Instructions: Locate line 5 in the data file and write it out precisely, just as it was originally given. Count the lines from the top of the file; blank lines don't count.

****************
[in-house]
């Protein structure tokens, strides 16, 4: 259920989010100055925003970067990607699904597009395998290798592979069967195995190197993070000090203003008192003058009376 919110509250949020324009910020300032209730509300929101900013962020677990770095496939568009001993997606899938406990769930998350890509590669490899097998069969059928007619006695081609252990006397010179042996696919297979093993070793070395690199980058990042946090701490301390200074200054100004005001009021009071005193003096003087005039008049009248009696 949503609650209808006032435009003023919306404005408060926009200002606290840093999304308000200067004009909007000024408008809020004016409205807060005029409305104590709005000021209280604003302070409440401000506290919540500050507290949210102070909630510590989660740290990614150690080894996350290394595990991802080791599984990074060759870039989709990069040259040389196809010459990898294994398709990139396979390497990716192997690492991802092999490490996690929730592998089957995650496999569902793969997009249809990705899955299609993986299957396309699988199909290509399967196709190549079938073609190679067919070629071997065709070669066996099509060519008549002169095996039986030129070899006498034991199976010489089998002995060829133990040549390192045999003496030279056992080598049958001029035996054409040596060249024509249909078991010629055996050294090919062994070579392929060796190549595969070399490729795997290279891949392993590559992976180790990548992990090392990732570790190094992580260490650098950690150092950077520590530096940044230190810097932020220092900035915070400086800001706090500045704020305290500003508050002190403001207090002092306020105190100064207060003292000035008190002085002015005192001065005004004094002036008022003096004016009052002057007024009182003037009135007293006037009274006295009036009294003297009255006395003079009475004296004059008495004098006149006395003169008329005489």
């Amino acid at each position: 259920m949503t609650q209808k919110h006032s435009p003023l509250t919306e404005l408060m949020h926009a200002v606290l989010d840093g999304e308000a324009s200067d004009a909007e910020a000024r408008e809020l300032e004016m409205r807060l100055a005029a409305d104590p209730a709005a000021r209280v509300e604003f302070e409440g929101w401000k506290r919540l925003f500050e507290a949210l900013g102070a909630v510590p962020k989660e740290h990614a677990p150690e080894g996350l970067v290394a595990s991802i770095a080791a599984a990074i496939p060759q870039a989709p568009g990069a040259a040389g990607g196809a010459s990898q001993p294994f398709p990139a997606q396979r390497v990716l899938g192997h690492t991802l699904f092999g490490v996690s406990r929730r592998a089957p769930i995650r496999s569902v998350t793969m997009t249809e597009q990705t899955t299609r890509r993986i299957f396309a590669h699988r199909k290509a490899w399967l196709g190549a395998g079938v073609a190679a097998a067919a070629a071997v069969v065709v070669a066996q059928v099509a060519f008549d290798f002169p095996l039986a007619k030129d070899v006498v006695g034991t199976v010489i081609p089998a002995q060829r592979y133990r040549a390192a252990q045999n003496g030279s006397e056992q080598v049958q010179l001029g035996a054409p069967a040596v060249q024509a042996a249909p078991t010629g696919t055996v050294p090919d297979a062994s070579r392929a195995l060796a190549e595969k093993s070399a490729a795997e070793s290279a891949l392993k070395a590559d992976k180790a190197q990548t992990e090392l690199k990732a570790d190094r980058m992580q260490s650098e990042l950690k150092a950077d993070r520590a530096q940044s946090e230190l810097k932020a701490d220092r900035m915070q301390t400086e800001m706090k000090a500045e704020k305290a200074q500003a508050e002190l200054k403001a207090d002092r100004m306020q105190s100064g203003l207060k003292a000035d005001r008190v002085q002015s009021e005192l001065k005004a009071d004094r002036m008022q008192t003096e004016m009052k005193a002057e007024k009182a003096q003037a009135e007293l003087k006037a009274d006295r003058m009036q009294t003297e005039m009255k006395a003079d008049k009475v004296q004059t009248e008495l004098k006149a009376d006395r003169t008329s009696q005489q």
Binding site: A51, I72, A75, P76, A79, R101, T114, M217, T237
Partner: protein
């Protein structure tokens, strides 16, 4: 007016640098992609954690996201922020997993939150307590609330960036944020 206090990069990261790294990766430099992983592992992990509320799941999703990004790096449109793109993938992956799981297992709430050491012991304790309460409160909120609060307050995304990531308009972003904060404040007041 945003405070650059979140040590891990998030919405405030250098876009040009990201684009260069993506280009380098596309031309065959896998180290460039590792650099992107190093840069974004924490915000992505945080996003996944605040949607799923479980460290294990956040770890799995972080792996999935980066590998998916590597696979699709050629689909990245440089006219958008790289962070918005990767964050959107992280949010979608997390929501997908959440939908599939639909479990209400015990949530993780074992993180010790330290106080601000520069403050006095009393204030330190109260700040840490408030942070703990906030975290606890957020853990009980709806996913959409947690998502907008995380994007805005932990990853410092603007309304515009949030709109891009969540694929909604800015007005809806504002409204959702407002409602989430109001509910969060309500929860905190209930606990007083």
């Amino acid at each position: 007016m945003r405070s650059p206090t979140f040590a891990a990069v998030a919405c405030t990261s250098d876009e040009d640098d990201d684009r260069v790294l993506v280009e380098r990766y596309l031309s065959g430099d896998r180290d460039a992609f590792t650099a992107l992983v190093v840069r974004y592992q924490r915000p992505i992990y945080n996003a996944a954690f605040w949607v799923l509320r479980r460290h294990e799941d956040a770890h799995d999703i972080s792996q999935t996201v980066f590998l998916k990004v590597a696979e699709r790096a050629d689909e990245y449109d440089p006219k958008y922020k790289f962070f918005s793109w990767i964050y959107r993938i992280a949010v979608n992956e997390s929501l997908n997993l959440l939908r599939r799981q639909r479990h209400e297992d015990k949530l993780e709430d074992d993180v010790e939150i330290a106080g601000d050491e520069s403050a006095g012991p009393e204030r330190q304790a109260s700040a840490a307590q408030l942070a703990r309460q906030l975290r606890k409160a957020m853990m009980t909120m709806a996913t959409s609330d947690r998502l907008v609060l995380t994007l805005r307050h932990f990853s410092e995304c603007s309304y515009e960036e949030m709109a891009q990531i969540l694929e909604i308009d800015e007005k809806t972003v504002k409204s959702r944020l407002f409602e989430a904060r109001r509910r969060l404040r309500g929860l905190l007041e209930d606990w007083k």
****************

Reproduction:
Partner: protein